Thursday, October 2, 2014

Philanthropic motivations and the role of the advisor

A joint U.S. trust study by The Philanthropic Initiative and the Bank of America has shown several discrepancies between the ways in which high net-worth (HNW) individuals and their professional advisors view philanthropic goals, motivations and conversations. Using a sample of 312 advisors and 119 HNW individuals, some of the key findings of the study which could be especially relevant to family enterprise advisors are as follows:

  there are several disconnects between HNW individuals and advisors centering on the initiation and substance of philanthropic conversations
  philanthropy today is a pivotal consideration that should take place at the front end of the wealth structuring process
  only 55 per cent of HNW individuals say they discuss philanthropy with a professional advisor
  51 per cent of HNW individuals say they are typically the one to initiate the conversation on philanthropy
  what matters more to HNW individuals than who initiates the conversation is the discussion be held in a meaningful way early in the relationship
  34 per cent of HNW individuals feel the topic should be raised during their very first meeting and 90 per cent agree it should occur within the first several meetings
  63 per cent of HNW individuals report that ensuing discussions about charitable giving centers on more technical issues and 27 per cent say the discussions center on their goals, values and interests
  the study illustrates several ways in which HNW individuals and their advisors’ views differ, including the reasons why HNW individuals don’t give or are reluctant to give
  the vast majority (71 per cent) give strategically and have a plan for their giving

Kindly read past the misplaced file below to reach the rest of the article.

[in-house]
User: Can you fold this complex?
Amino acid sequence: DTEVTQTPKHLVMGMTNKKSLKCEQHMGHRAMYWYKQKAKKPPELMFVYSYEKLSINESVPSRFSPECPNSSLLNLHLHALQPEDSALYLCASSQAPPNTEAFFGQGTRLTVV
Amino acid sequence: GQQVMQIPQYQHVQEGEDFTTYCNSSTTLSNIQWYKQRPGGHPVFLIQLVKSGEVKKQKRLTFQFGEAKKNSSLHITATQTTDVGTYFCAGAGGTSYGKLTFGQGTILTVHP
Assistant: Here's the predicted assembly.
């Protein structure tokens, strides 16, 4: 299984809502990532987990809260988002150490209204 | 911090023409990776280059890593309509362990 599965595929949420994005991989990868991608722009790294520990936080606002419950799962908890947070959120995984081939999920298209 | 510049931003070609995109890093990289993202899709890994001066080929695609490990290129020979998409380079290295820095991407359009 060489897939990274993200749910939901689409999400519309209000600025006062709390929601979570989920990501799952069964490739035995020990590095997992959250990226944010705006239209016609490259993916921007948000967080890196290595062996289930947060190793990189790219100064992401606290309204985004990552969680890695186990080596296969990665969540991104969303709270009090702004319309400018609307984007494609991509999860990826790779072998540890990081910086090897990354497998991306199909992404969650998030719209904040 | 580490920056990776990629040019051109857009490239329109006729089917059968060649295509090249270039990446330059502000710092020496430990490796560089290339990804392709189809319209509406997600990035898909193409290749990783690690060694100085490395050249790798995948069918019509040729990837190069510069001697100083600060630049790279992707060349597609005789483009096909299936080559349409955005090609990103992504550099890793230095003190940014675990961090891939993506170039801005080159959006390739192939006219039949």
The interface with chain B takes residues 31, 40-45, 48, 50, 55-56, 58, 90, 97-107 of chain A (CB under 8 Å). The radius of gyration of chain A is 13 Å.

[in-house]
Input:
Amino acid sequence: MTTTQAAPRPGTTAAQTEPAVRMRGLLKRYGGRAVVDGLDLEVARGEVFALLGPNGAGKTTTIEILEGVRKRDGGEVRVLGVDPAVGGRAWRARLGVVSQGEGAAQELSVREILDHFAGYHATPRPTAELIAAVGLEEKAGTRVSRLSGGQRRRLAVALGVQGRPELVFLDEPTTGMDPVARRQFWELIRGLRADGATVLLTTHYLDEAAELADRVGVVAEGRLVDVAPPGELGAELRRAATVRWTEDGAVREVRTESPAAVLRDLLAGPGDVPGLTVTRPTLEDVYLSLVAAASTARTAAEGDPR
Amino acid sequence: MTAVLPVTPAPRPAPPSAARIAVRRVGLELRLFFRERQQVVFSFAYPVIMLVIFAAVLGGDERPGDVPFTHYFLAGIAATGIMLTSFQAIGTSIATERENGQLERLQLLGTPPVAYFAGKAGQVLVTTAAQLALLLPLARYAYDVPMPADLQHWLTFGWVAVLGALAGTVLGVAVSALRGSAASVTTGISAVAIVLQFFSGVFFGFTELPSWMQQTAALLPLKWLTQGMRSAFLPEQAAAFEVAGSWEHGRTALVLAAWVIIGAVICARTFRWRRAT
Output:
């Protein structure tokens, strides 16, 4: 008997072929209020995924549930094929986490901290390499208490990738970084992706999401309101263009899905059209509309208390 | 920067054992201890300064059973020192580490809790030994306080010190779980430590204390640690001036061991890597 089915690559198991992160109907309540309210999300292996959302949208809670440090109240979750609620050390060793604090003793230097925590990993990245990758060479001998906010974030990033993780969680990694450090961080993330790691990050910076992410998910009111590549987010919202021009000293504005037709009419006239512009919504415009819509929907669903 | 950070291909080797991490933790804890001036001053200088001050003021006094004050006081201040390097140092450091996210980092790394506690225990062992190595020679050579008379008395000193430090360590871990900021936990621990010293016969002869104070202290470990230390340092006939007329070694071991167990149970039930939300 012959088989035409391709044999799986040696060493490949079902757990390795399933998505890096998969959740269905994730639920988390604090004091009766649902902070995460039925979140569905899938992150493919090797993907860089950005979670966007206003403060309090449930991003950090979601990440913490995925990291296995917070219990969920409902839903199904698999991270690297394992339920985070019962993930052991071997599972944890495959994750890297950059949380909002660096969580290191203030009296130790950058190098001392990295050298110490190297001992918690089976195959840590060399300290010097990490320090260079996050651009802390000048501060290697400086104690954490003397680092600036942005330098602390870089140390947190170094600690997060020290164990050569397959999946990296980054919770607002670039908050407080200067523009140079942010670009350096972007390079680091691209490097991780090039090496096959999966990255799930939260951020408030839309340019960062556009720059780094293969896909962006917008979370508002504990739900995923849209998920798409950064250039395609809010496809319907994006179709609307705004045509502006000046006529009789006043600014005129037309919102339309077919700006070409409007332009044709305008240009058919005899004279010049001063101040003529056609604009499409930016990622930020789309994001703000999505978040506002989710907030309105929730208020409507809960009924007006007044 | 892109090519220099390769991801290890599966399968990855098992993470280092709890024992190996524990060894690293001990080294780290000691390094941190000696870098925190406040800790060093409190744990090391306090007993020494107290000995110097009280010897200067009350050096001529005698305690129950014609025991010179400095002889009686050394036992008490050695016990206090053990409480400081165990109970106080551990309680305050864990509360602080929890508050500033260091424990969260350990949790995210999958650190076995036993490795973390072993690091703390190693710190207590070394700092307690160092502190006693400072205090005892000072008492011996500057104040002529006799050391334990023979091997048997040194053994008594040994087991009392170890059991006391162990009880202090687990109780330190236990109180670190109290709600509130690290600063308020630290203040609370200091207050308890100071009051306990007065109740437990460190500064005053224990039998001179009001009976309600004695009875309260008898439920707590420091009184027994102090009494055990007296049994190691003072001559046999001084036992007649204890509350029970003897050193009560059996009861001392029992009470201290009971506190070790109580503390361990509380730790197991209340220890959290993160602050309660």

31 per cent say they would be more likely to choose an advisor who is knowledgeable about charitable giving
  75 per cent of advisors find discussing philanthropy is an excellent way to deepen relationship and establish new relationships
  40 per cent of HNW individuals report that discussing philanthropy with an advisor has deepened their relationship

               “While many HNW individuals rely on the technical expertise of their advisors in this area, they are also seeking conversations that are deeply meaningful on a personal level,” said Jim Coutre, a partner with The Philanthropic Initiative, a collaborator in the study.

What is your experience with philanthropic conversations with your clients?

Would you say that your HNW clients would agree with these results?


  1. Philanthropic advising services are no longer seen as a value add; rather, they are seen as a must have service for wealth management services. It is clear that the desire to give is shared by many HNW clients; in fact many inform their advisors of their philanthropic desires, but do not do so as part of an overall planning process, rather as a side bit of information. One observation is that clients seem to expect FAs to initiate the conversation as it pertains to tax planning.

    I am often asked how I go about directing a client to charity. My response is always the same: the client does the directing, and I merely do the asking. The questions I ask start from a high level about how charitable decisions are made, how social engagement is modeled, and what commitment level they want to have with the organization. From there we drill down to what their social vision is, we craft a family mission statement (because every action feeds back to a mission), and thofen we look at organizations. Throughout this conversation, risk tolerance and expectations on deliverables are being assessed and identified.

    It is up to FAs to approach philanthropy with the same focus as they do with other aspects of wealth management, and to arm themselves with the proper tools and resources to have access to the charitable information they can use for philanthropic conversations. Financial institutions can work with the charitable sector to bridge the knowledge gap and identify organizations that are effective, efficient, transparent, and who can show proof of impact.

    As noted in the FEA blog and other articles published over the past several years, we are facing the largest inter-generational wealth transfer in North American history, and the services required from advisors for families and individuals have evolved. One of these evolutions is in the information gathering and advising space on philanthropy.